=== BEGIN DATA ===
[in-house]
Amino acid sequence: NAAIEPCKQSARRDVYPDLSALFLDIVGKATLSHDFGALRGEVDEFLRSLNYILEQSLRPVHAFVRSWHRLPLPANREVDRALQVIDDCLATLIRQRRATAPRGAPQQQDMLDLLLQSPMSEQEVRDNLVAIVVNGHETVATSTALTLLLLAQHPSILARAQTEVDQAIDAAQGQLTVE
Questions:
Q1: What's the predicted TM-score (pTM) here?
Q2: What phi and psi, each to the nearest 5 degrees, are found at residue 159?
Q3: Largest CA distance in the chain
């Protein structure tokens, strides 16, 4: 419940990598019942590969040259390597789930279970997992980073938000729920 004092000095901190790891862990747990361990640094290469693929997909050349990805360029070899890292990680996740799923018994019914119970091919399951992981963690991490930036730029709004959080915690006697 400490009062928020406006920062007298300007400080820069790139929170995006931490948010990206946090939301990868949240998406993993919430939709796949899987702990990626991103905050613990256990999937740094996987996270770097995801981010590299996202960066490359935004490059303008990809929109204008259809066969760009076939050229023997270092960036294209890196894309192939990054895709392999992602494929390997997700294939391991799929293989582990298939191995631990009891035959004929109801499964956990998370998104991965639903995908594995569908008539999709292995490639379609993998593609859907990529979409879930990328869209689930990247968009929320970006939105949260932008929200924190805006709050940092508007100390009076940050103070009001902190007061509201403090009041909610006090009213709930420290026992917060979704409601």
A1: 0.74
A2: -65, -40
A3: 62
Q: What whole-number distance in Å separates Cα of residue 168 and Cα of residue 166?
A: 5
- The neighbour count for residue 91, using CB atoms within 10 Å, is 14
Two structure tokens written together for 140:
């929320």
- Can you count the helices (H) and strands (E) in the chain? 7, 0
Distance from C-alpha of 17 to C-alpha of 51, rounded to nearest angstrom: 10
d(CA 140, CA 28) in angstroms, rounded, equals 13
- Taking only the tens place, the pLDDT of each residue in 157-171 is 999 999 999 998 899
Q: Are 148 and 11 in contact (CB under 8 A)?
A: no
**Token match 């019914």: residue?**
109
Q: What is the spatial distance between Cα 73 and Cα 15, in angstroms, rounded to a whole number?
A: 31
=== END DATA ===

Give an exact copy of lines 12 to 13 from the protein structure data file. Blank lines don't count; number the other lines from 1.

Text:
A: 5
- The neighbour count for residue 91, using CB atoms within 10 Å, is 14